U. C. Berkeley continued its interest in Inyo county during the thirties, forties & fifties but changed the area of study to the Owens Valley and the White Mountains. They sent out Alden Miller whose main purpose was to document the breeding birds but in doing so he found a male Blue-winged Warbler, a vagrant from the east. This was the first record of this species west of the Great Plains.

During the late fifties & sixties Roland Wauer, a naturalist with the US National Park Service, conducted studies of the birds of Death Valley and the Panamint Mountains. Along with important breeding information from the Panamints he found a Blackpoll, the first record for California and a Lawrence's Goldfinch, the first record for the Panamints.

The Bureau of Land Management sponsored field work during the seventies which covered the Owens Valley and nearby mountain ranges. They used this work to help them in land use policy decisions.

Dr. Ned K. Johnson, from U. C. Berkeley, began conducting ornithological research in the White & Inyo Mountains in the 80's and continues today. A recent publication of his deals with Sage Sparrows and the two different forms making contact in the Owens Valley.

Other on-going studies are the annual breeding bird surveys conducted by the U. S. Fish and Wildlife Service. Almost a dozen of these surveys are run every year in Inyo with Jan Tarble, volunteer extraordinaire of Tecopa, carrying out her surveys for over 20 years. This information, collated nationwide, helps keep a finger on the pulse of avian population dynamics.

One hundred years of research has yielded many answers but as Albert Einstein said, "As the area of light increases so too does the circumference of darkness." As our knowledge expands so too does our ability to ask questions.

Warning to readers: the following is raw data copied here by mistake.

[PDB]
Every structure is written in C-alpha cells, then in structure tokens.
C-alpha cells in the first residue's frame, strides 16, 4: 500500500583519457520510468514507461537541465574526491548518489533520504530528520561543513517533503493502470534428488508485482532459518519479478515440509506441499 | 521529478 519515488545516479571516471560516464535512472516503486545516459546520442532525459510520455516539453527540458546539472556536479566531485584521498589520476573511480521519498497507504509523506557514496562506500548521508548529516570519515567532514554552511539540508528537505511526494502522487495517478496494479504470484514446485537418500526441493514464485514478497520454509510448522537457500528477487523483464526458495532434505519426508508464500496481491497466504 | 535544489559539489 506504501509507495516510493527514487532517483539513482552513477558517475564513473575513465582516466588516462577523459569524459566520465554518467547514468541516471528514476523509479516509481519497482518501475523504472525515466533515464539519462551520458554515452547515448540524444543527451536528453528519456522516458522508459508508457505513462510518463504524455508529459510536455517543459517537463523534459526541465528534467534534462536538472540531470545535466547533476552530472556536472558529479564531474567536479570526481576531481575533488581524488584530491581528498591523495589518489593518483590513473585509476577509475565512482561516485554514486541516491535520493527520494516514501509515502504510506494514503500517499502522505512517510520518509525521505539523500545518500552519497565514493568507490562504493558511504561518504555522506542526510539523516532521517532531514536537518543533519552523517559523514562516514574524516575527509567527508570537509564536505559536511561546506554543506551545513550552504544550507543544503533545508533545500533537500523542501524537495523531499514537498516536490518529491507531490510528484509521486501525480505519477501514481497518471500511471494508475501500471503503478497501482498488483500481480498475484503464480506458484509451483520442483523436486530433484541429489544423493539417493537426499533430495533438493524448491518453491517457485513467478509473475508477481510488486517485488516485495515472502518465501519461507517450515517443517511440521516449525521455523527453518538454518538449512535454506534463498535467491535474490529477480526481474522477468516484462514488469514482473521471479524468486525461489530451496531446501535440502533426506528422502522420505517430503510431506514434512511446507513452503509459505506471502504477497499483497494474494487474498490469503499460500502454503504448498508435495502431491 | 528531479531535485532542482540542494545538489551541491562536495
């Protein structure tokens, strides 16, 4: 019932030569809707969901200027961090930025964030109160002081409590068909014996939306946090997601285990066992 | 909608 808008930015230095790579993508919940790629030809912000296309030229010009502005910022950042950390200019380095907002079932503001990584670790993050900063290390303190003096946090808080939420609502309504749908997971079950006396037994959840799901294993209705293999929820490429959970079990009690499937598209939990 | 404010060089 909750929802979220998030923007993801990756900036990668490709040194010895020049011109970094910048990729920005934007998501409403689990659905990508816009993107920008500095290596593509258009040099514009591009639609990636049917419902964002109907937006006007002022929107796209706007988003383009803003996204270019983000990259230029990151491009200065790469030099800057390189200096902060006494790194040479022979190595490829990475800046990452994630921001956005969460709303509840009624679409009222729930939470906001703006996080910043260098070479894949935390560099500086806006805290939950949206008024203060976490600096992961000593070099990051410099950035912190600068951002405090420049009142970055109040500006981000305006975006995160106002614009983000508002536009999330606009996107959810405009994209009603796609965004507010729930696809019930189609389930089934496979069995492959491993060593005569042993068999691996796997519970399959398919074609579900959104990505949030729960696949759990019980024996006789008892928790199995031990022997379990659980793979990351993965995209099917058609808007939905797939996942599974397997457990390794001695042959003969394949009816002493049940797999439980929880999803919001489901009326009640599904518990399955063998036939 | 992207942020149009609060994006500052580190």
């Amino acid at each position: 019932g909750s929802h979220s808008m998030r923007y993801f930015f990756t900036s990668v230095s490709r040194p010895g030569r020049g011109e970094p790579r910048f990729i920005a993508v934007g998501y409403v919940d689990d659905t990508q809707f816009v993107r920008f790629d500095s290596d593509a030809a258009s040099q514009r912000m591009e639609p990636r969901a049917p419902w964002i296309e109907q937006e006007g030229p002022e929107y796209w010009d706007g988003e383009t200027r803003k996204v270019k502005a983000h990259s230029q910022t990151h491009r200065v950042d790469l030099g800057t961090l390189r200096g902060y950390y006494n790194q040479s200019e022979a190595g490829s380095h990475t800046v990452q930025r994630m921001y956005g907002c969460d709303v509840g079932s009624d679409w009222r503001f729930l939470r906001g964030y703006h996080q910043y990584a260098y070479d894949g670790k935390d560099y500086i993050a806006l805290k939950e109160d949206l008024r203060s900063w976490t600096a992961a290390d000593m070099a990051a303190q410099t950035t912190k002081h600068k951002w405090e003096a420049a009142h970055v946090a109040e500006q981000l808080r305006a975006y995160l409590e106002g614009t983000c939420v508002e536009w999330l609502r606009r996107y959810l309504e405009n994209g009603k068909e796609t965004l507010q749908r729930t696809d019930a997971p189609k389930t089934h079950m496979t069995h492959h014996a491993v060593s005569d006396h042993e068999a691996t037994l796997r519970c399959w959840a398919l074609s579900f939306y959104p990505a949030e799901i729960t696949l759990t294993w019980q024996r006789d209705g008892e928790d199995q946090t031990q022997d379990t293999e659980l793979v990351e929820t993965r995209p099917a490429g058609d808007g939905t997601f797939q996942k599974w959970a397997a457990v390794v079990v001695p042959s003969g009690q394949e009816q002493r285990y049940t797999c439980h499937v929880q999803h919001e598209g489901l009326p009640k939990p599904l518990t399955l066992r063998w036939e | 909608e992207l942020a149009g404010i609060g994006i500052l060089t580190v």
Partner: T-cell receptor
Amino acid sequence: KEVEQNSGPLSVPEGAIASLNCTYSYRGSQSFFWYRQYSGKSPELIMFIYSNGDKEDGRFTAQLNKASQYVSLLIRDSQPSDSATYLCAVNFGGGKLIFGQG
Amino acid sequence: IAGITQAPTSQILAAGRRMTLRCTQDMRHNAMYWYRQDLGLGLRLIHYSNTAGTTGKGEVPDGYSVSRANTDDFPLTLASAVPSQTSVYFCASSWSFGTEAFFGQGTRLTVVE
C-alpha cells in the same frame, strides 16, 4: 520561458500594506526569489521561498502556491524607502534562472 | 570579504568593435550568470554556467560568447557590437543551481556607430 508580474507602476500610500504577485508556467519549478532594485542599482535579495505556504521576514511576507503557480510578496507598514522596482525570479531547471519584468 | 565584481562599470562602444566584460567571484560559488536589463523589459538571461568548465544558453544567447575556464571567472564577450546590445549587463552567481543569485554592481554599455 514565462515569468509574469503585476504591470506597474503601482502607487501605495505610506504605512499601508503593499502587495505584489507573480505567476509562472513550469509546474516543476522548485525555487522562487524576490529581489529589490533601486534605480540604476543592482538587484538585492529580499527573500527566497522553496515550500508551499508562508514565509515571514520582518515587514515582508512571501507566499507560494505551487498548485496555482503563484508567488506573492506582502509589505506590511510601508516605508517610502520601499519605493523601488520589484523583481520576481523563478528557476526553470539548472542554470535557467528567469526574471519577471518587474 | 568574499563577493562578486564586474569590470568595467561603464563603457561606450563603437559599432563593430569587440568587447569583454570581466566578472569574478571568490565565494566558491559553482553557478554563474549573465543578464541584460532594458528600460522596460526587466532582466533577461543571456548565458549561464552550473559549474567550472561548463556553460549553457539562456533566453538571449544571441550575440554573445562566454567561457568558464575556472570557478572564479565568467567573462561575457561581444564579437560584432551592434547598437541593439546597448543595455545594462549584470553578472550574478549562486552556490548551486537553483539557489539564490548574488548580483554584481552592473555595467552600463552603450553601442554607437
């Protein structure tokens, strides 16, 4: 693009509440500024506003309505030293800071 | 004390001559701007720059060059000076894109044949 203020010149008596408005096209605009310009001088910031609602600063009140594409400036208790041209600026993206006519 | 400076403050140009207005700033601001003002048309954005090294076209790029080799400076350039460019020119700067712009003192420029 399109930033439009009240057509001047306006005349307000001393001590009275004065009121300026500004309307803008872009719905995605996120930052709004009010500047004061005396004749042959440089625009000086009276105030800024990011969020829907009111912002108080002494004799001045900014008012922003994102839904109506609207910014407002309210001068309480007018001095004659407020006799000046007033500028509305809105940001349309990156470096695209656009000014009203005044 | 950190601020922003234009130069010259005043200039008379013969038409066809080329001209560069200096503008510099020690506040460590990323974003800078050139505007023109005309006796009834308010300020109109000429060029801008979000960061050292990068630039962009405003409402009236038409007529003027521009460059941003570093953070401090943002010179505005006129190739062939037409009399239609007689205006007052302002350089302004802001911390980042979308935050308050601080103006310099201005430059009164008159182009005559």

Return to top

Birds in Trouble (5/'93)

The State of California and the United States Government try to protect plant and animal species that are in trouble. Species in serious decline may qualify for listing in one of several categories that, hopefully, will lead to their recovery. These are as follows:

SE= State listed as endangered

ST= State listed as threatened

SCE= State candidate as endangered

SCT= State candidate as threatened

FE= Federally listed as endangered

FT= Federally listed as threatened

FPE= Federally proposed as endangered

FPT= Federally proposed as threatened

Of the twenty-eight species of birds currently listed, eleven are found in Inyo County. The BALD EAGLE (SE, FE) is a locally uncommon winter resident of the Owens Valley. They normally arrive in early November and remain until late March. From one to three may be found at Tinemaha Reservoir and up to four have been seen at Haiwee Reservoir. There are no documented records of successful nesting. In March & April 1990 a pair made a nest at Tinemaha but deserted it the last week of April. Habitat destruction and eggshell thinning were the initial causes of the decline of our national emblem but with the protection provided by federal and state governments the eagles are making a comeback.